I think I understand your dislike, but i'm not sure you've understood me right.
I mean to differentiate between channeler power and what I'll now rebrand as "mana reserver". With Channeler Power I mean to express the maximum amount of magical power you may expand in one turn / time slot /whatever. Say the "bandwidth" of your ability to channel. With power hording in my previous post i meant the build-up of raw magical hoardes that (still) needs to be channeled to become effective.
Ah, yeah I did misunderstand you. I'll have to reserve judgement regarding your idea until we no more (or rather, anything at all ) about the magic system. But now that I actually understand what you meant it's definitely intriguing.
Although I like your idea of the 5-point-star (a bit like magic-the-gathering?) bacause of a certain "beauty" within the system I think for large-scale multiplayer it would not necessarily work (because the numebrs arent large enough to have balancing on that account I think). I think most of the recent posters don't like being forces into one direction. With your idea if at the start a serious disbalance in elements occurs how will you fix it? I would extremely dislike to be forced to play either an inherently disbalanced game or forced to completely rework my channeler /start a new channeler. (or if they try balancing before gamestart -not to be allowed to play a certain kind of channelers because others clicked a bit faster and the max crystal channelers for this map has been reached). This would be especially irksome because there is very little one player can do in that case to mend the situation when it occurs.
Yeah the problem posed by actually having magic be balanced is probably the biggest flaw with my idea. One partial solution is to give players the ability to meaningfully evolve our channelers throughout the course of the game, including being able to tailor their skills in the different elemental schools within the game, rather than defining our channeler via pre-game options. That would only partially solve the problem though. Another partial solution is the one I mentioned before: having magic naturally balance itself out by causing either local or global effects. So if for some reason certain elements are completely dominating and no one wants to or can do anything about it, it'll balance itself out anyway; the result would be a game with more and somewhat predictable game events than normal. This whole feature would obviously have to be optional - it would piss off anyone who doesn't like random events.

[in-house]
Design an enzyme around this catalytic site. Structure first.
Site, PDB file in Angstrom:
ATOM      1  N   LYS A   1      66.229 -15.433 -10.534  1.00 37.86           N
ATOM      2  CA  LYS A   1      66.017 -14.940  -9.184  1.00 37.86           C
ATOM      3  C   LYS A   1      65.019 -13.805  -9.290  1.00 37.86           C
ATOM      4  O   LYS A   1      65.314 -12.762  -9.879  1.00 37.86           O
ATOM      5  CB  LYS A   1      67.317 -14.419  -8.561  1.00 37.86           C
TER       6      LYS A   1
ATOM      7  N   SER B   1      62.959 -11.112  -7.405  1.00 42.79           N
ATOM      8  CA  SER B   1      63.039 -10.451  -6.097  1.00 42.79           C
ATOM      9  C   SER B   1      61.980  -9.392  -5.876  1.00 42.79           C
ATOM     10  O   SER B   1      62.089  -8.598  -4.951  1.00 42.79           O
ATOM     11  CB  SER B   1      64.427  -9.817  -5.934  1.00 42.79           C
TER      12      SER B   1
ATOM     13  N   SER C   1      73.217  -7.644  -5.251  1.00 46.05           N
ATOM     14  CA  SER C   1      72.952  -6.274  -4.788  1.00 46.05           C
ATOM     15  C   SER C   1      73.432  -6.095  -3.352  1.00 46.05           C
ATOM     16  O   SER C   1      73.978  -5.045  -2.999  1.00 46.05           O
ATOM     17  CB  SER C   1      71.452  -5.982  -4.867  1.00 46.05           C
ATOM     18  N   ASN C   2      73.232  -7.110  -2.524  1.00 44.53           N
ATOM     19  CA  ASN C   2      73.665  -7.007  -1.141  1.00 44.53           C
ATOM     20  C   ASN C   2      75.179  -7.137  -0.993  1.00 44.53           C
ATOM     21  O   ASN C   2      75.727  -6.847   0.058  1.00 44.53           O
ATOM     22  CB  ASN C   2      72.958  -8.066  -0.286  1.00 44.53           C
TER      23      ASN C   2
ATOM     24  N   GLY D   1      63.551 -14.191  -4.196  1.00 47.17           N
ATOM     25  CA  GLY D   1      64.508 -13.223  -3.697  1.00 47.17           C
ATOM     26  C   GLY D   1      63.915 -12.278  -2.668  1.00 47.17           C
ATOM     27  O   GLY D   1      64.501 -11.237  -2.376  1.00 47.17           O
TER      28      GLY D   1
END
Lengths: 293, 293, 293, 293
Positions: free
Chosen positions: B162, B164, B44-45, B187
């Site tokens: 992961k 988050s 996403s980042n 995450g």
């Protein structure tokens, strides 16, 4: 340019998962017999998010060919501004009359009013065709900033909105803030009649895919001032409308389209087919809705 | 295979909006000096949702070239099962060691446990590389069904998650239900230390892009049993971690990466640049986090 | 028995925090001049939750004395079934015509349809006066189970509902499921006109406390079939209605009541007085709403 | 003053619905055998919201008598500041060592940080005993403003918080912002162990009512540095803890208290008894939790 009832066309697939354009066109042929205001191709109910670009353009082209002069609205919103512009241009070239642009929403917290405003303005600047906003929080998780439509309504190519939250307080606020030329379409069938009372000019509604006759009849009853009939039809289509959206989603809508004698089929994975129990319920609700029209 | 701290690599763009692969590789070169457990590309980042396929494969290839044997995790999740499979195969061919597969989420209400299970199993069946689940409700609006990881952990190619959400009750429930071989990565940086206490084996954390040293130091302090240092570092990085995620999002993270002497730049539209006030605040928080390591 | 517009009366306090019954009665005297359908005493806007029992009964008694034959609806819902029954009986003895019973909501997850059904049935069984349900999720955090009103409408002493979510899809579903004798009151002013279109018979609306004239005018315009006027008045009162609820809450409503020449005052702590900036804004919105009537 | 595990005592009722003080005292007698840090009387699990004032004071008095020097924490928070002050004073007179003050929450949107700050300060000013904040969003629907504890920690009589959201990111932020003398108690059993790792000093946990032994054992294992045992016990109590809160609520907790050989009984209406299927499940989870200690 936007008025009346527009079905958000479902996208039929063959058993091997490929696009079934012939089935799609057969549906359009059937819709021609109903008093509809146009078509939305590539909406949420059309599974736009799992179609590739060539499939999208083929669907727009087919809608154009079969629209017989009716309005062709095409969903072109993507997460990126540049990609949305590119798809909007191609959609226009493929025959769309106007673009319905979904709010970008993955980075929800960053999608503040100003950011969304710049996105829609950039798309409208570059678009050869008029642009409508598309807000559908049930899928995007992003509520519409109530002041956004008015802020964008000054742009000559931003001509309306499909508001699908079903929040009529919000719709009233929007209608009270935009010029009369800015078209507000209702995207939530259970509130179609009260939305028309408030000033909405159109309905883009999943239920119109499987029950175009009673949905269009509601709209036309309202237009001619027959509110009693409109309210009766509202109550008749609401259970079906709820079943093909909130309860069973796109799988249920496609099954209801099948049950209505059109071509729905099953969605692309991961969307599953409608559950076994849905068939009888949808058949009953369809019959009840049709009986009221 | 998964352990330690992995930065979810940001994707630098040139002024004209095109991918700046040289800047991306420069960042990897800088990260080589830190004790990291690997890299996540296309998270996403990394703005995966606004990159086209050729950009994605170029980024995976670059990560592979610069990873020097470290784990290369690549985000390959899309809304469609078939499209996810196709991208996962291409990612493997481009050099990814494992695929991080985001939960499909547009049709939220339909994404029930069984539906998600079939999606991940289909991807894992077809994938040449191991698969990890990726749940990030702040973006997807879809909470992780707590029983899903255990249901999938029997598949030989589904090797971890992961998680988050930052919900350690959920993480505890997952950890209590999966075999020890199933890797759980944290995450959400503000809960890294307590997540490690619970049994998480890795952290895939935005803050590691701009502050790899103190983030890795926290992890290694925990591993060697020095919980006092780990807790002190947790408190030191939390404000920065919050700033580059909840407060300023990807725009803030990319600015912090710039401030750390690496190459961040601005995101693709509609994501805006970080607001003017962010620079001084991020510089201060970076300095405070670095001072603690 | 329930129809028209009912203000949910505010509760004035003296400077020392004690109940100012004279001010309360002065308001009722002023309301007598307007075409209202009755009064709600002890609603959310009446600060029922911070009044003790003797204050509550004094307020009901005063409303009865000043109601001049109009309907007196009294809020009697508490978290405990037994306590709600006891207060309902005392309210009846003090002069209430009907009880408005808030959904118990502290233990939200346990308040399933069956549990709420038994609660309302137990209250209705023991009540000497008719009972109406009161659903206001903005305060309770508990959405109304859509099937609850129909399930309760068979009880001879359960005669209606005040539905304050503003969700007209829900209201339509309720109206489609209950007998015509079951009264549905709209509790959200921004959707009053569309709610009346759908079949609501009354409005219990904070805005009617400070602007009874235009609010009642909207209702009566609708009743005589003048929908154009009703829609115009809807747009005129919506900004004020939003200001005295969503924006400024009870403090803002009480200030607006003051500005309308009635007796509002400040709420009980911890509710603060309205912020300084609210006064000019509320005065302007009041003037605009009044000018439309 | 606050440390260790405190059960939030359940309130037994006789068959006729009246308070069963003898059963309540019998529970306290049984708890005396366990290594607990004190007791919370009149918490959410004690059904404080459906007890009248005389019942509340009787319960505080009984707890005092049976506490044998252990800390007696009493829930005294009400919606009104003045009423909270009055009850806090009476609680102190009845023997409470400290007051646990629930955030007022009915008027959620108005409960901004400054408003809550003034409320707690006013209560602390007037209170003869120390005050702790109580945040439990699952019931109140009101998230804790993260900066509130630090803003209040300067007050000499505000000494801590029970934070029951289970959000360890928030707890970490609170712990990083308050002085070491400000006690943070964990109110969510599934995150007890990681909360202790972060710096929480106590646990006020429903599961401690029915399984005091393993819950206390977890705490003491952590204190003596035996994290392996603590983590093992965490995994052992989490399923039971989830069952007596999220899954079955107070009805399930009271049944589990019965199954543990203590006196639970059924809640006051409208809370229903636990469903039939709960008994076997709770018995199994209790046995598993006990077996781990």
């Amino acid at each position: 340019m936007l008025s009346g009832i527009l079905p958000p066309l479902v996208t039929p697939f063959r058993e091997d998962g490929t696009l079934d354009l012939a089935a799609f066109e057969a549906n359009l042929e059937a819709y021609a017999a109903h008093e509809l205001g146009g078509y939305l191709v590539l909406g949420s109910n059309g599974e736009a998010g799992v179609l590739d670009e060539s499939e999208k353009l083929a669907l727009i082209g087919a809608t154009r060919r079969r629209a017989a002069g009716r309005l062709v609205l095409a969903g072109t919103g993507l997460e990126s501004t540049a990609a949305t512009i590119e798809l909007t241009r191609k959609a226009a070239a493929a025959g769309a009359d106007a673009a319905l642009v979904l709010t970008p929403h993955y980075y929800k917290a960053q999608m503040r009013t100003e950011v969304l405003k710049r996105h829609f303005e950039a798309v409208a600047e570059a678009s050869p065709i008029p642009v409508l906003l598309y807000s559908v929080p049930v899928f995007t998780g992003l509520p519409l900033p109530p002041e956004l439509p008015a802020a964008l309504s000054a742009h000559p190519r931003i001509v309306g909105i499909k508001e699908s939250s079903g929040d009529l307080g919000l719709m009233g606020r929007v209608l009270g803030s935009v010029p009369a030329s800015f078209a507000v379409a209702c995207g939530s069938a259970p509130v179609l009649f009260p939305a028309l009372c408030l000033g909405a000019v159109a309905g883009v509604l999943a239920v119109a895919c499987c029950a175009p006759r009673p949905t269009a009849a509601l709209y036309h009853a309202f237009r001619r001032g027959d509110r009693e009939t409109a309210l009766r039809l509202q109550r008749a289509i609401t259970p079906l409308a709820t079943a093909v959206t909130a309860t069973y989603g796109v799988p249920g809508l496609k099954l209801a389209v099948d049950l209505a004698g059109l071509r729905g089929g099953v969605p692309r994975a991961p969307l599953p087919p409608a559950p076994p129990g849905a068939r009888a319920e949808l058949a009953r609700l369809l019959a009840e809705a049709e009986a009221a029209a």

(to elaborate: what happens to me if I chose to play a "Red" channeler in the very beginning but from the start or over the course of the game "Red" got overdeveloped mostly at the cost of "Green". This is so bad you get balancing "bursts" of "green" effects, potentially hitting my lands over and over simply because I am red. Since I am completely unable (I go from the point its a rather large-scale-many player environment) to fix this I'm shafted for that game. Geing shafted is only fun if you can -in the end- can come up with something to counter it.
Well I never proposed that the effects would mostly affect the players that are mostly responsible for the unbalance. That could work, and would thus encourage people to use multiple schools of magic or to take a temporary break from major magic use until things are more under control. And in your example, if you're a red channeler but are a relatively small player, you might still be spared many of the effects because there are stronger 'red' channelers that are much larger offenders than you.
But that's just one option; another is that the effects could be totally random in who they affect, and in severe enough situations they could be global. Either way it would have to be balanced so that balancing out magic doesn't become the dominating factor in games; it should be a secondary factor that adds flavor and a way for the cumulation of all players' actions to affect the actual world. If every player decides to focus on a single element, that game should still be playable without the world or individual players being wracked by massive magic balancing events every other turn.
Other ways that individuals could try to bring magic back into balance could be through quests. It could even be a global quest that everybody gets if the magic balance gets bad enough. It can provide a way for channelers to help bring magic back into balance without having to cast magic of the opposing elements, even (maybe you could 'pay' raw mana or something), although explicitly using magic to rebalance magic could still be more effective. If players manage to rebalance the elements, each player could receive some sort of reward proportional to their efforts.
Again: I really dislike armageddon counter type things (like global warming in CIV) because unless you are a strongly sominating player already there is really nothing you can do about it.
Well the problem there is that there's nothing an average player can do about it, not the feature itself. One reason why global warming sucks in Civ is because there isn't really anything you can do to directly reduce global warming, all you can do is limit how much of it you cause. As a result all you can do as an individual is somewhat slow it down, but you can't ever actually reverse it alone.